By Michael E. Miller
By Allie Conti
By Keegan Hamilton and Francisco Alvarado
By Jake Rossen
By Allie Conti
By Kyle Swenson
By Chris Joseph
By Michael E. Miller
He started buying plants immediately. Now he has ten acres of miracle-fruit plants growing on a farm in Davie. And it's still not enough to keep up with demand, he says. He sells the fruit for $3 each, with a minimum order of $100. In one week earlier this year, he grossed $135,000.
His customers are generally the cosmopolitan type, he says. Wealthy enough to afford $3 berries, anyway. Miracle fruit is popular at what Mozie calls "flavor tripping parties," where the host provides plenty of sour foods and drinks and then implores guests to trick their tongues with the effect of the berries.
Back at the house, where Mozie has bags of Miracle Gro in stacks along the outside walls, Mozie points out a few more of his exotic plants in the backyard. They come from all over the world. Here's lemongrass. Allspice. Bay rum. Passion fruit. Papaya. Sugar apple.
Is there anything that Mozie can't grow?
"A beard," he says with a smile.
The timing was just so convenient. Hollywood's then-Mayor Mara Giulianti was embroiled in a red-hot campaign last summer to keep her job. She was desperate for evidence to suggest she had finally turned the city around.
Then the National Civic League, like the spirit of Christmas, stepped forth, offering awards for cities that demonstrate "civic infrastructure," "community celebration," and "community projects." Those who won the awards would be declared All American Cities.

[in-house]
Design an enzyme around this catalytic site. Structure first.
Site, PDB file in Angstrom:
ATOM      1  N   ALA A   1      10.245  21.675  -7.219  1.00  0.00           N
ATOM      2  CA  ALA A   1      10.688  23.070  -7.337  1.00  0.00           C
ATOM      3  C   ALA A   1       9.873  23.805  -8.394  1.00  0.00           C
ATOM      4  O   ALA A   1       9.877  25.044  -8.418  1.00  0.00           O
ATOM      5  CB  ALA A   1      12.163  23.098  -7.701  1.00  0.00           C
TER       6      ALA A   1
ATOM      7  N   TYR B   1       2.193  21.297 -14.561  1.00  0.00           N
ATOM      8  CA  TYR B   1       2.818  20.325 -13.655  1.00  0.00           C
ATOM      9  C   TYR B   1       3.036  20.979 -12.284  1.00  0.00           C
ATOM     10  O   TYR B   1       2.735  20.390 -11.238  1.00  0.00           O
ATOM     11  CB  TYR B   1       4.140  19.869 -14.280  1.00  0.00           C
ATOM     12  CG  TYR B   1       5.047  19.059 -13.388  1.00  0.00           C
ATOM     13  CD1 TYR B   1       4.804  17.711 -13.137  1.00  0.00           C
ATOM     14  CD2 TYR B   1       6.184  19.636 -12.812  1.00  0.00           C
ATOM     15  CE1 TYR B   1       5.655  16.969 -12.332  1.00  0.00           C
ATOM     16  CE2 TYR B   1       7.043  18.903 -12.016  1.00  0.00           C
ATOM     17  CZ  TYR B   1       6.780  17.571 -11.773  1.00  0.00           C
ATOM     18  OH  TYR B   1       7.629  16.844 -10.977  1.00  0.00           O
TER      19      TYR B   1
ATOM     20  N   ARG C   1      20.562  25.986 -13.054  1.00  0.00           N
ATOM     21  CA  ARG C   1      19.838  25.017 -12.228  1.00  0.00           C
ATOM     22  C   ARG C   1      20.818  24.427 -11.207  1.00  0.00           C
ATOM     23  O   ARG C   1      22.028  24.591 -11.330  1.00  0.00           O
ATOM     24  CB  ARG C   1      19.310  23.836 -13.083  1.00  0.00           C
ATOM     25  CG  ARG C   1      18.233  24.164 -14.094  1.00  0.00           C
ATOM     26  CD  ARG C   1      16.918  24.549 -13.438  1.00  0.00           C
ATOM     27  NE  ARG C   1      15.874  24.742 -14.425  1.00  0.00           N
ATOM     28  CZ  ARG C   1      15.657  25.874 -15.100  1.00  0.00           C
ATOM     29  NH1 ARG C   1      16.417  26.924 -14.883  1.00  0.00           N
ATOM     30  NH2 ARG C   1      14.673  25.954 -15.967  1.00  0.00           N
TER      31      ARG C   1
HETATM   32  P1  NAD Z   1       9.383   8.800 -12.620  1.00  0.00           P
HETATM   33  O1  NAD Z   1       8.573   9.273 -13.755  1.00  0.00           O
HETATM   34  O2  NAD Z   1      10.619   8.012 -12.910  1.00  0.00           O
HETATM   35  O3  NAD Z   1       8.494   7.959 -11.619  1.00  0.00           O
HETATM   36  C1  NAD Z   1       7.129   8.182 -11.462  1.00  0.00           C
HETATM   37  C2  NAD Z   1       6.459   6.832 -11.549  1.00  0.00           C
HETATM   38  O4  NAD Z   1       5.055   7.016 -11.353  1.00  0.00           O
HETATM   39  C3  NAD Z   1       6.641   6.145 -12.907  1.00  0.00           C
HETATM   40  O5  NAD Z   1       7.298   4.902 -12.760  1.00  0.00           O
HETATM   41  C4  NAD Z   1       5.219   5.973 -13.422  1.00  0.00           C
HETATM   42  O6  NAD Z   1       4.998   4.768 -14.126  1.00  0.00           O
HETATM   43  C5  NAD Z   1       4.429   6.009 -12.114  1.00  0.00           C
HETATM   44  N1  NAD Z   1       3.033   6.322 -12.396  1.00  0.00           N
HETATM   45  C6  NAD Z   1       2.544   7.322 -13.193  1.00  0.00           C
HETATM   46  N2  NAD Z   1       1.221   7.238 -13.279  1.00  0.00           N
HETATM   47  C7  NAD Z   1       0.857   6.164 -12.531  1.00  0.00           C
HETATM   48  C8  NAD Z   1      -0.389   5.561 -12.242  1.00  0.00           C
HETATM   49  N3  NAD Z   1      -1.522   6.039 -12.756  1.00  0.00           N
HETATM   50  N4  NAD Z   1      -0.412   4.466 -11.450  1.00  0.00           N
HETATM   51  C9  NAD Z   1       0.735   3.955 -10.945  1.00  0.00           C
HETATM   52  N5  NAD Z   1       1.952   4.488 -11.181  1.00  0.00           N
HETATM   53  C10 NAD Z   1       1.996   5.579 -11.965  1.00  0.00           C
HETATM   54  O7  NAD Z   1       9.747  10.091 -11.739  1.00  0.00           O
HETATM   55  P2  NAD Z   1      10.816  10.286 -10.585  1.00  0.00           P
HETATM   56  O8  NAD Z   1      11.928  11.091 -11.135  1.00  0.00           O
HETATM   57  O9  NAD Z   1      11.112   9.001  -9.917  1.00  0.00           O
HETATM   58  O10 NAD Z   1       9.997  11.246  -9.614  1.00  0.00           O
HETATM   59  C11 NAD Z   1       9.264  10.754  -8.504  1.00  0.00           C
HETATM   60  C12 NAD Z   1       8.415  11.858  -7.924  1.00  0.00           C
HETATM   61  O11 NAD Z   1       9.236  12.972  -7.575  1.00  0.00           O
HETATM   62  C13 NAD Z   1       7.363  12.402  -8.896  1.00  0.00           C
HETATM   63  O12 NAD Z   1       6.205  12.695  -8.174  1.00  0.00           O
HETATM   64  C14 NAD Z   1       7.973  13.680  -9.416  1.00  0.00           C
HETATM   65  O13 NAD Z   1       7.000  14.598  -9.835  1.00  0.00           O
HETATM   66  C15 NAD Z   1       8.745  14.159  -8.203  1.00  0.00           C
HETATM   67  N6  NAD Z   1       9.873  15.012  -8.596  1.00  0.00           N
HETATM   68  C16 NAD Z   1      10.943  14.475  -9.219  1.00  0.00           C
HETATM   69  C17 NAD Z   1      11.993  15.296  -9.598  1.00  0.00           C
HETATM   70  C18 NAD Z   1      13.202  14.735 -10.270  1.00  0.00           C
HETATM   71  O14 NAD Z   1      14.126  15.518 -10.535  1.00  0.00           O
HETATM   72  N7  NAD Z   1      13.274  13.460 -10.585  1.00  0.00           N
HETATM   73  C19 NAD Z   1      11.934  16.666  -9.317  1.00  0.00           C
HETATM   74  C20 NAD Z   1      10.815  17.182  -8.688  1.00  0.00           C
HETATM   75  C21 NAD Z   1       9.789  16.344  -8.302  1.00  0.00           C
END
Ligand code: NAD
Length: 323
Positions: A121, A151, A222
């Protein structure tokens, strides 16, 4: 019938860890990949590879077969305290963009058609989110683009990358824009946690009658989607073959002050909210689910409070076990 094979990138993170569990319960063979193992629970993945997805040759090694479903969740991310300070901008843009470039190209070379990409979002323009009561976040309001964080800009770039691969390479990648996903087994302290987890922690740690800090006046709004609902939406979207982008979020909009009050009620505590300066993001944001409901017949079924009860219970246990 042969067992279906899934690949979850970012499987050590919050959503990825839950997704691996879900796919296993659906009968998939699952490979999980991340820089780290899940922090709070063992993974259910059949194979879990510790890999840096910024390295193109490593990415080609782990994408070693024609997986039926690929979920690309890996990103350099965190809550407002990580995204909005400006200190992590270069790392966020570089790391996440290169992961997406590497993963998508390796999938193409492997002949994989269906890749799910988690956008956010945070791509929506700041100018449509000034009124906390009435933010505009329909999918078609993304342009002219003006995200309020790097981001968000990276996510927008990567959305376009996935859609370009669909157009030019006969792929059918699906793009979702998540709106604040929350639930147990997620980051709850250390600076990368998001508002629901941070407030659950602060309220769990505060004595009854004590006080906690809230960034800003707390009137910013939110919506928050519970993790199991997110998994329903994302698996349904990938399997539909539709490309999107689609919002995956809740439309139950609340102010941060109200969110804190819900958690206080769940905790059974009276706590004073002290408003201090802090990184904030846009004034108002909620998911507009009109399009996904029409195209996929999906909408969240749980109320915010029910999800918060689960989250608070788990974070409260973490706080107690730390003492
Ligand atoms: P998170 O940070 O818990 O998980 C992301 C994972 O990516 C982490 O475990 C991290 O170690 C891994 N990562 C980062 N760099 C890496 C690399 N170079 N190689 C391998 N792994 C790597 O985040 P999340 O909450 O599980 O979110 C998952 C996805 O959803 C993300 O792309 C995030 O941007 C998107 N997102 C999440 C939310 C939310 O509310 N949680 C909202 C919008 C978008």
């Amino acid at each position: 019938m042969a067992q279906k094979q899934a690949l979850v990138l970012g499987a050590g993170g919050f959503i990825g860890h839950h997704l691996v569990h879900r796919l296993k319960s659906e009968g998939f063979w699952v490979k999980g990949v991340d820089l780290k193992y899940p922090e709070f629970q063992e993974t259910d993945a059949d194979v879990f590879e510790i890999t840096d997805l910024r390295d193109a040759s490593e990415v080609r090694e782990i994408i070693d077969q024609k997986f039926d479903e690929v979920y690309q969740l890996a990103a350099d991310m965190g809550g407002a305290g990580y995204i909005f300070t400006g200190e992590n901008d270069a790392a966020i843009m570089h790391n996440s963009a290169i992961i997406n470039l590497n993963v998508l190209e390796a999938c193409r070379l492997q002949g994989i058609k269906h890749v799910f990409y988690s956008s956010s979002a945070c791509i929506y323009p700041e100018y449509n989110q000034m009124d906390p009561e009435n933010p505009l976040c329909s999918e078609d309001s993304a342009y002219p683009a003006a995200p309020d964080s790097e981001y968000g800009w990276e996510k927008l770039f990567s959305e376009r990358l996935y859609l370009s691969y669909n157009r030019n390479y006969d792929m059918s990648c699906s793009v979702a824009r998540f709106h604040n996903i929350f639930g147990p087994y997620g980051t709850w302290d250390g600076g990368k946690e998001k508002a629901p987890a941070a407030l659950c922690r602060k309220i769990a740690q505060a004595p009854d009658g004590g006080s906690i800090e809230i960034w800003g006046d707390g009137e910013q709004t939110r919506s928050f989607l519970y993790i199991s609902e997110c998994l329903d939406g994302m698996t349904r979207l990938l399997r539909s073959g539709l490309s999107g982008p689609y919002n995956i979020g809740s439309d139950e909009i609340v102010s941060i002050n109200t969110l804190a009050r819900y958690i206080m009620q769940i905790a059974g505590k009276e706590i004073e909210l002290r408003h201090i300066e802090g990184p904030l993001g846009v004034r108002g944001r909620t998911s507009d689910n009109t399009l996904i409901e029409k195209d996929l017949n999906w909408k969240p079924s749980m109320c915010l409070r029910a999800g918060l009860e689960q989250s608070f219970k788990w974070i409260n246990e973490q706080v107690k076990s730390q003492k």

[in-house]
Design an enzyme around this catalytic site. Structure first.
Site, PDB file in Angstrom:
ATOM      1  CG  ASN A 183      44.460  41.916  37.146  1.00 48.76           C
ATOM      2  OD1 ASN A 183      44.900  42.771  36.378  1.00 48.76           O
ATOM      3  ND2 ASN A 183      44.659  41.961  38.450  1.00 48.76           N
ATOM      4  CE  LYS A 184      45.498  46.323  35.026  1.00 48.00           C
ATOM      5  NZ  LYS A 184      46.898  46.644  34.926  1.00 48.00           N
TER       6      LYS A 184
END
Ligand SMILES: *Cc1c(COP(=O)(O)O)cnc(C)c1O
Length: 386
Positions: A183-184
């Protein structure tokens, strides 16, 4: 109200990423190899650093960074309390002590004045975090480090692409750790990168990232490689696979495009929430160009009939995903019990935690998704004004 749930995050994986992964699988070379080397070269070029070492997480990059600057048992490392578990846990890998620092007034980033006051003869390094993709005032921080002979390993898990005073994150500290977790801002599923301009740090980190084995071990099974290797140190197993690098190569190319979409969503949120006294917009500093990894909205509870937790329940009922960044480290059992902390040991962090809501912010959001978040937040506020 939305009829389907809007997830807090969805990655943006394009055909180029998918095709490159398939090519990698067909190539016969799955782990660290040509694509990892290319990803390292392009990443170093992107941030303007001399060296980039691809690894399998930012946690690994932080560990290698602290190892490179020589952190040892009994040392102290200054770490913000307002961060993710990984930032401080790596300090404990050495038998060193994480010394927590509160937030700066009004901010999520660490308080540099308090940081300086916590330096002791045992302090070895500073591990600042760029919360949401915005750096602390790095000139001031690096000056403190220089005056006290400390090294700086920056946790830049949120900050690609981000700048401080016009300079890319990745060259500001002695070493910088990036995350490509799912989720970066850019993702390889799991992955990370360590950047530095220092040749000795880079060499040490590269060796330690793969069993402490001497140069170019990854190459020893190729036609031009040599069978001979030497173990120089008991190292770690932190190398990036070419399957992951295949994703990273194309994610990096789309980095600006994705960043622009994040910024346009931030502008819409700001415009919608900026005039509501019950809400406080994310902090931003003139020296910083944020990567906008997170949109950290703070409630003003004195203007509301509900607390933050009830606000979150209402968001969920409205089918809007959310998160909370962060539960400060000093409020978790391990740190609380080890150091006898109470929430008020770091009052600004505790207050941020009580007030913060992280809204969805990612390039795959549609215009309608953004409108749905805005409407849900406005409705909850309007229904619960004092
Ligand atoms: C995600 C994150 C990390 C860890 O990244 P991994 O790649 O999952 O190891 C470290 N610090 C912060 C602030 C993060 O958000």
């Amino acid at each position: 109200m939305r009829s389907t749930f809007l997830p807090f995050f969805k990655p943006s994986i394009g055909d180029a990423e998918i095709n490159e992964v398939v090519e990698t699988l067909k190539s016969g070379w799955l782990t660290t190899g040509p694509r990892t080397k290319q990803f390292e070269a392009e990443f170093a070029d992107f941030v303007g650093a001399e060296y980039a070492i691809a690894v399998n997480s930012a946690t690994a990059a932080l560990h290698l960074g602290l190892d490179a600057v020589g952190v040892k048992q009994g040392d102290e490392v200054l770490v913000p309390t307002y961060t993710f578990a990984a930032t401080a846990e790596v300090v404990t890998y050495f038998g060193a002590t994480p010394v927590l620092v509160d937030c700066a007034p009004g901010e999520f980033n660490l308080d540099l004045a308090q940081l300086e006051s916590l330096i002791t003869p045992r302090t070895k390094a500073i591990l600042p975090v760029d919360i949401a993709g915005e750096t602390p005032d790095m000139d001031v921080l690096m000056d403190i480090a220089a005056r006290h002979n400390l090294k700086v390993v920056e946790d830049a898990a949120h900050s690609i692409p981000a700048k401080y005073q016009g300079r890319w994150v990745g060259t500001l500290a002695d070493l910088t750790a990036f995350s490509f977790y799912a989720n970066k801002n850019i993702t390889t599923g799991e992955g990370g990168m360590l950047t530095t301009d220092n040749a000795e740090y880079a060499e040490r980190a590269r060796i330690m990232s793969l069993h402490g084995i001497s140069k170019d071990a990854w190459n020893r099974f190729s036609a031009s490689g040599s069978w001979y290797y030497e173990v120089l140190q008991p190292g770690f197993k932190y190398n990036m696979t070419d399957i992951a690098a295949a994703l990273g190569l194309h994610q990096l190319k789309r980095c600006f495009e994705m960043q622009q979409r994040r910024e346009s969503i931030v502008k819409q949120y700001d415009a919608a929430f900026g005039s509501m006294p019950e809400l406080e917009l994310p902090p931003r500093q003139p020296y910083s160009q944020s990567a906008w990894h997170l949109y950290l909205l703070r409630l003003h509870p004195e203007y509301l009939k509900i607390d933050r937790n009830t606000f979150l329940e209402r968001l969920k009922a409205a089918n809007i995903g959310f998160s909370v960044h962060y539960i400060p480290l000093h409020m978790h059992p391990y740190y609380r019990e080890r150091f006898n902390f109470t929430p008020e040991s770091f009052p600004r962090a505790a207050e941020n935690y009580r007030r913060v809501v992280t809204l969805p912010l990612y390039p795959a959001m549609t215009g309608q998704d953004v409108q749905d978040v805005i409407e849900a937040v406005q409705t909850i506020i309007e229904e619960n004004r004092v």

Hollywood had all of those things in spades (the city is just about one big "project," isn't it?), and with some guidance from city officials, it had an expenses-paid delegation on its way to Anaheim to make Hollywood's case.
But wait. Was that Hollywood's own money or a federal grant, awarded to the city with strings attached?
Ah, what's the diff? Housing director Neal Herst, two other city officials, and five "at-risk" youngsters in a Hollywood summer program (along with one parent) made the trip. They stayed in a first-class hotel in Anaheim and swept up the award, whose bestowal was soon broadcast from streetlights and fences all over the city. Hollywood, the All American City.
This curmudgeonly old car part was the first to report that the award was financed, in part, through a $10,000 chunk of Hollywood's community development block grant, funds that are supposed to go toward housing for low-income residents ("Everybody's All-American," August 16, 2007). Other expenses were paid through the generosity of developers and lobbyists like attorney Alan Koslow. There were, of course, no quid pro quos involved there, even though the Giulianti administration had a long history of giving Koslow and his developer clients whatever he asked for.
So when news broke last week that the federal government had taken an interest in this subject, the only question was: Why did it take so long? A spokesman for the U.S. Department of Housing and Urban Development refused to say whether it had launched a formal investigation or whether its officials are merely in a fact-finding stage.
It certainly wasn't a good omen that the spokesman suggested 'Pipe consult an official at the Office of the Inspector General, which is the destination for the cases where HUD suspects its money was mishandled. A spokesman for that office said he could "neither confirm nor deny an investigation" of Hollywood. Gulp.
And, oh yeah, you remember what happened in January. Giulianti got beat in the mayoral election by Peter Bober.